The idea that Yahweh was a “species unique” is fallacious, based on statements that claim there is “no other god like” Yahweh, and the like. But these sorts of statements are replete throughout broader ancient Near Eastern literature and are hyperbolic in nature. They do not imply that the god in question is sui generis. An Assyrian hymn to Shamash states, “You alone are manifest. No one among the gods can rival you.” A Sumerian hymn declares, “Nanshe, your divine powers are not matched by any other divine powers.” A hymn to Amun-Re (who was a conflation of two local deities) praises him with the following:

Unique one, like whom among the gods?
Goodly bull of the Ennead,
Chief of all the gods,
Lord of Truth, Father of the gods,
Who made mankind, who created the flocks,
Lord of what exists, who created the tree of life,

Dogging whose feet are the gods,
As they recognize His Majesty as their Lord,
Lord of fear, rich in terror,
Great in wrathful manifestations, powerful in appearances,
Whose offerings flourish, who made foodstuffs,
Jubilation to you, who made the gods,
Who suspended heaven, who laid down the ground!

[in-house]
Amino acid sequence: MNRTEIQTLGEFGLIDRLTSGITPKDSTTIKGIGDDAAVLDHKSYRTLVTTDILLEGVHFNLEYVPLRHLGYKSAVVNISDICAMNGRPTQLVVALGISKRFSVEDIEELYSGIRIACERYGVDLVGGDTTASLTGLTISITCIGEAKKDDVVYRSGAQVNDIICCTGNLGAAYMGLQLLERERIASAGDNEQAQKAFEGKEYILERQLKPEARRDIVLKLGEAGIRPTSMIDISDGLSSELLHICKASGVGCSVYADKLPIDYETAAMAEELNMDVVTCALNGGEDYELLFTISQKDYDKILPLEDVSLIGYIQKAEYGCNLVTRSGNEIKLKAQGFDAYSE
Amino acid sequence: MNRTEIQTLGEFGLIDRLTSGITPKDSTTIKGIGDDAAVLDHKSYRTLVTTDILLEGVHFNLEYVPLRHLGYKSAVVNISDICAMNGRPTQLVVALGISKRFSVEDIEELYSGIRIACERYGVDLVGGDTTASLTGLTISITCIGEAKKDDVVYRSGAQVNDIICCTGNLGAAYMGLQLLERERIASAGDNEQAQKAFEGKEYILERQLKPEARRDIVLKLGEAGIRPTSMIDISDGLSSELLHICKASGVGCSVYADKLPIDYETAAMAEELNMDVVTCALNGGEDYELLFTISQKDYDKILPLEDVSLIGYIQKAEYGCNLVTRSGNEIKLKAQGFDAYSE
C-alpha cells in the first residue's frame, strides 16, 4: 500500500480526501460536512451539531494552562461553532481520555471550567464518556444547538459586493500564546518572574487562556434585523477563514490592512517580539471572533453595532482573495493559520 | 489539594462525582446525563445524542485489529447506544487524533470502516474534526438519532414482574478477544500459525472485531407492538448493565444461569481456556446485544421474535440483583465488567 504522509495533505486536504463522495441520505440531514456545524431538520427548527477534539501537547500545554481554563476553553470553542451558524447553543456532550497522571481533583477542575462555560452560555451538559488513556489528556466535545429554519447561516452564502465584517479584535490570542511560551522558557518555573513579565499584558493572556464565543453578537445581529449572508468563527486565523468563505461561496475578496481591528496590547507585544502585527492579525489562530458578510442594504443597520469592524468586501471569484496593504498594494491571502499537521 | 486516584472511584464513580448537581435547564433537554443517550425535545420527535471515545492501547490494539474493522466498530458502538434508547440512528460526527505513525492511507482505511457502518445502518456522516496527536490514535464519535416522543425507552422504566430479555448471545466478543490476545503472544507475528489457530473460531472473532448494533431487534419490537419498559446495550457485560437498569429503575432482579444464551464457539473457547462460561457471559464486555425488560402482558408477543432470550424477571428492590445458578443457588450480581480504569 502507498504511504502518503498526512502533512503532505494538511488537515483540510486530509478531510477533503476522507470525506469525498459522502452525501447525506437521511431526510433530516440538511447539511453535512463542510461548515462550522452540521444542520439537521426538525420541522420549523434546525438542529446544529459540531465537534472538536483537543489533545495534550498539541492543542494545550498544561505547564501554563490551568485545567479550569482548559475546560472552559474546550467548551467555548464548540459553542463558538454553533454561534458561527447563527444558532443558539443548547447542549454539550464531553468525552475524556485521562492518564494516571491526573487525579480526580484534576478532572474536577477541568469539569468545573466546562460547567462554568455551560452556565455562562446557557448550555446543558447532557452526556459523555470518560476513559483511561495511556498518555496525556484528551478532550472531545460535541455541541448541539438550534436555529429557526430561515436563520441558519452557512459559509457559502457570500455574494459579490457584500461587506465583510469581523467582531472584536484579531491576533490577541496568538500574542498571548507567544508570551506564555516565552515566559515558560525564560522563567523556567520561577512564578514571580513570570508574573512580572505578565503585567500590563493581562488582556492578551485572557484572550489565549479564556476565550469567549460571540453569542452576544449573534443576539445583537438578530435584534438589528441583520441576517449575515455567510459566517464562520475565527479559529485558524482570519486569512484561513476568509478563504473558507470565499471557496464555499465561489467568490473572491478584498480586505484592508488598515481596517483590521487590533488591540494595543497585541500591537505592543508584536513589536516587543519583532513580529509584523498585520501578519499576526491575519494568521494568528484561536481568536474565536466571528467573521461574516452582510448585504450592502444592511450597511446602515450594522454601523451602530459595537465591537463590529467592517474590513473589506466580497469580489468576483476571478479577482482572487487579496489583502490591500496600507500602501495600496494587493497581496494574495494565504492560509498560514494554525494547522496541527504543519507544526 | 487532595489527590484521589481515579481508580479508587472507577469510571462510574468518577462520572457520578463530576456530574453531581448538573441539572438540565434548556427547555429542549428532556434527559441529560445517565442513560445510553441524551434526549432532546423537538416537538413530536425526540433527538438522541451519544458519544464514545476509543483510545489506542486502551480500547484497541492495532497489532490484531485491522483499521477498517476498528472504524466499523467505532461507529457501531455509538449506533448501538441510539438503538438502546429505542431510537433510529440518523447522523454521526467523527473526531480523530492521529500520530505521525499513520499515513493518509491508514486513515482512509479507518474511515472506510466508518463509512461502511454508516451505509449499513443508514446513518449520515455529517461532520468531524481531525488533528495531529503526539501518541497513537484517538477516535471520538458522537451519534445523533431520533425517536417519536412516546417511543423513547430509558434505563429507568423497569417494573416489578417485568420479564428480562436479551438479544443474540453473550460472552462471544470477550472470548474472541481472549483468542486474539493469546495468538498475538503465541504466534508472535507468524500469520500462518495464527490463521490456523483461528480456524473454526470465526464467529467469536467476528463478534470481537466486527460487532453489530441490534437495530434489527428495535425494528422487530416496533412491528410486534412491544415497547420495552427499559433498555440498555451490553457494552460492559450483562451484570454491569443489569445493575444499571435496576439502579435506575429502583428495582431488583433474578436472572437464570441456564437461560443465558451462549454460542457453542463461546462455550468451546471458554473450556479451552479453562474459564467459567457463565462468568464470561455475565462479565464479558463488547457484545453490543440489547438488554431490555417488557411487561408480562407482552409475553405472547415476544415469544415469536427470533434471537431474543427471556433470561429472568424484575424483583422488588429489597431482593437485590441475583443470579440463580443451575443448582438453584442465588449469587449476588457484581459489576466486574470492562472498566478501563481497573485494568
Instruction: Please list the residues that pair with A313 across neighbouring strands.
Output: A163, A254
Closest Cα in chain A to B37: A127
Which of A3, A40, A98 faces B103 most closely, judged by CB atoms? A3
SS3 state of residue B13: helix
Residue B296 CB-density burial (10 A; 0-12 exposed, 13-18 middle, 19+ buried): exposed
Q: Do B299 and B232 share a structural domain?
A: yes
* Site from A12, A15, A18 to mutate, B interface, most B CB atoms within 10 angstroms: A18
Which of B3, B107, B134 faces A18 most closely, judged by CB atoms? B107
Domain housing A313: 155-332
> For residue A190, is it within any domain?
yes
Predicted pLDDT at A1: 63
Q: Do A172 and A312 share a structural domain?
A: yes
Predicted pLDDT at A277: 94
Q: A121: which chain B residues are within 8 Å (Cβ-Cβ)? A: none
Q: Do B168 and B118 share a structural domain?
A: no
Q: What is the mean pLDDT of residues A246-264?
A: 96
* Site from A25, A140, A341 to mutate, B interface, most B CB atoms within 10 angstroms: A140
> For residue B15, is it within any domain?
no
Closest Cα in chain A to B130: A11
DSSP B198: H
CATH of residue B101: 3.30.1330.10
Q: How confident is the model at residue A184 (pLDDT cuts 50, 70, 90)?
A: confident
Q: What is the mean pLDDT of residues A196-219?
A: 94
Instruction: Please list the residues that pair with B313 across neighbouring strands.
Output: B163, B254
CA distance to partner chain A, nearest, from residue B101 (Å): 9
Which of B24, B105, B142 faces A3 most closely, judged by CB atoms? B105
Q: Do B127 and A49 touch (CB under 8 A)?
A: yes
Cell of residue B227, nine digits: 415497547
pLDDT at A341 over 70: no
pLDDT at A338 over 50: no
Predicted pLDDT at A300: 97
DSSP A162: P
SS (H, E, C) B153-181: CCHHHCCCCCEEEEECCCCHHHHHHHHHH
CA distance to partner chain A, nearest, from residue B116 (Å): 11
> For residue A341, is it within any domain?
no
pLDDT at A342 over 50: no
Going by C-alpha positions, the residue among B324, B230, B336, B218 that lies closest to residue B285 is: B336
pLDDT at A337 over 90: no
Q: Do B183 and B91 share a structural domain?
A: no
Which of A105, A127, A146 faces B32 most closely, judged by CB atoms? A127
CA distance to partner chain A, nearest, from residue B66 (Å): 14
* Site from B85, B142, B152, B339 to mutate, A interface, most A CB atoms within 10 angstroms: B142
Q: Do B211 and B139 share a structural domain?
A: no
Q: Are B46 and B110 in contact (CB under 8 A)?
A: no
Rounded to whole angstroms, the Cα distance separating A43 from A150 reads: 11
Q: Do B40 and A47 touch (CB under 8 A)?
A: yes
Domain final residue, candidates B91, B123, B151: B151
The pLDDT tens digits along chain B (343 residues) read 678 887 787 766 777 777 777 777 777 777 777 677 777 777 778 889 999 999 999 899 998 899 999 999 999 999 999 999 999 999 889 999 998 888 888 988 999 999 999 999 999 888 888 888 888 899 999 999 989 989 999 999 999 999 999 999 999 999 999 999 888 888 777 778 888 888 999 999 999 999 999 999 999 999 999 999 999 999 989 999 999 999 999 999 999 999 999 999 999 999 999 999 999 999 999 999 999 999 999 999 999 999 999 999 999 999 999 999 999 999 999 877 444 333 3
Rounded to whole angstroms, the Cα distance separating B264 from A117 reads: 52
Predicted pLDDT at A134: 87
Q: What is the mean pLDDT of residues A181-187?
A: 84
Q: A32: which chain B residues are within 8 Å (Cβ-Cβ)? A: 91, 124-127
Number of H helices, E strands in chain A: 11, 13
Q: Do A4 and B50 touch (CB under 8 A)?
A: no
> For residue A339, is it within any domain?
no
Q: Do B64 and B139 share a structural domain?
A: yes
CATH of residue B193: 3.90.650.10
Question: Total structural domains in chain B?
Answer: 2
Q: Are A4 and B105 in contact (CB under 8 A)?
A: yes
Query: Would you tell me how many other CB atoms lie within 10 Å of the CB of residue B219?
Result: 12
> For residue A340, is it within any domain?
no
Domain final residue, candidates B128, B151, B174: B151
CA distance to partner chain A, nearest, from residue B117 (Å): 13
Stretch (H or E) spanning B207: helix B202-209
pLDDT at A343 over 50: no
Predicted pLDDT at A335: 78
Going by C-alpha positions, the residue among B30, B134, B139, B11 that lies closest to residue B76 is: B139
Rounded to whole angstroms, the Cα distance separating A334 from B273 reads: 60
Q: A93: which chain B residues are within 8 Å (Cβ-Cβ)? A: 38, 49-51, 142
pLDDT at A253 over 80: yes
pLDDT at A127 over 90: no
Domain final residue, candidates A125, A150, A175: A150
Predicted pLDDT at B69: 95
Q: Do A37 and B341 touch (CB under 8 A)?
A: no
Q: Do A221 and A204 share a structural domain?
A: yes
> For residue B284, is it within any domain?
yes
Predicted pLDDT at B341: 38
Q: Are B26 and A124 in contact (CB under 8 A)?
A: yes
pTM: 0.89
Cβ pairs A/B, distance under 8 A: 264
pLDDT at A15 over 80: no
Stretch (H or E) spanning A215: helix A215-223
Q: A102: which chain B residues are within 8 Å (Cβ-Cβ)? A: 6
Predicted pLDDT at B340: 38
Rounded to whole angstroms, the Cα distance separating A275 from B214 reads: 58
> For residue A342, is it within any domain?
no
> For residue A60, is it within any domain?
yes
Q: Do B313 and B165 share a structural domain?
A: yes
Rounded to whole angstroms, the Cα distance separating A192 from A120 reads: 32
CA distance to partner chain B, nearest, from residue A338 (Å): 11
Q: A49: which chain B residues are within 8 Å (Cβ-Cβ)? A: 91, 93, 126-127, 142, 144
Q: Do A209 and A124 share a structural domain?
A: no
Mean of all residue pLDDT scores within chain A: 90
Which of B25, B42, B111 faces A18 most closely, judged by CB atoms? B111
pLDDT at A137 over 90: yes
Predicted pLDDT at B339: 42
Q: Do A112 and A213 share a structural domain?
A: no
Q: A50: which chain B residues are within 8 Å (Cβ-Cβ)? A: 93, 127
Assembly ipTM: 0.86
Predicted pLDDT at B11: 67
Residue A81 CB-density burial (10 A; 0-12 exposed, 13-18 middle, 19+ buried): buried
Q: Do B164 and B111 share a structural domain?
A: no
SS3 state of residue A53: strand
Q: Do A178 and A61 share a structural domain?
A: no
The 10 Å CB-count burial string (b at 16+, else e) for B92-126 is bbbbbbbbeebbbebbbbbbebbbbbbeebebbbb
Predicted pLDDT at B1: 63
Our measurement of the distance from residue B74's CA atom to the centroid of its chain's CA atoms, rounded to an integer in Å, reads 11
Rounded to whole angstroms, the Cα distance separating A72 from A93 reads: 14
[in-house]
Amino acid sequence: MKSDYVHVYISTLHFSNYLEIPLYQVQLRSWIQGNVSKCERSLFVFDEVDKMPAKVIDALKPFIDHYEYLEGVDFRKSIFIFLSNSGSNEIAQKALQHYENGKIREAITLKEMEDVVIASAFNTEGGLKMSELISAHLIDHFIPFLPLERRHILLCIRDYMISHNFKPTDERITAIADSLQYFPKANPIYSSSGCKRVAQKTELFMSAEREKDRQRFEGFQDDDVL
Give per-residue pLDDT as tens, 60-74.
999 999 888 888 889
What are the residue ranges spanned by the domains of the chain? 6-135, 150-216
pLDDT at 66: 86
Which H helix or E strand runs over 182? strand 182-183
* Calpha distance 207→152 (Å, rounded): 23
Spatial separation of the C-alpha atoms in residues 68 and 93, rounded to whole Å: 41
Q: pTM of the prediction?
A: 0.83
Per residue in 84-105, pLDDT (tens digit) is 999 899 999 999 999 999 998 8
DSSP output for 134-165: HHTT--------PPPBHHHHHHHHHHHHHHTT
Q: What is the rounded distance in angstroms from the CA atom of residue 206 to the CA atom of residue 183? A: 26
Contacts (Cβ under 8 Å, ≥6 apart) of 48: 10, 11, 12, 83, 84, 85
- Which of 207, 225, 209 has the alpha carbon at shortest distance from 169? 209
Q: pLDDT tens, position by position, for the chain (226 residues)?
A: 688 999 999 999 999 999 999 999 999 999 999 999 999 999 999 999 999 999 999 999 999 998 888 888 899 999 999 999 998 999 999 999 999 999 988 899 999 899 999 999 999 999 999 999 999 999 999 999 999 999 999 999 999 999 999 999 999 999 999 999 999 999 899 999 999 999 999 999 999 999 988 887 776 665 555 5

You are the Sole One, who made [all] that exists,
One, alone, who made that which is,
From whose two eyes mankind came forth,
On whose mouth the gods came into being,

Father of the fathers of all the gods,
Who suspended heaven, who laid down the ground.
Who made what exists, who created that which is,
Sovereign, — life, prosperity, health! — Chief of the gods.

Hail to you, who made all that exists,
Lord of Truth, Father of the gods,

Singly unique One, without his second . . .

Unique king, like whom among the gods?

Amun, more powerful than all the gods.1

First, Deutero-Isaiah is hailed as the champion of intolerant monotheism, giving us the first allegedly clear denials of the existence of other gods. And yet it is an easily demonstrated fact that every phrase in Deutero-Isaiah that is taken to deny the existence of other gods has an exact or near exact linguistic parallel in Deuteronomy 4 and 32—two passages which every scholar of Israelite religion, at least to my knowledge, rightly sees as affirming the existence of other gods. Deutero-Isaiah actually puts some of the same denial phrasing into the mouth of personified Babylon in Isaiah 47:8, 10. Should readers conclude that the author has Babylon denying the existence of other cities? Why is it that the same phrases before Deutero-Isaiah speak of the incomparability of Yahweh, but afterward communicate a denial that other gods exist?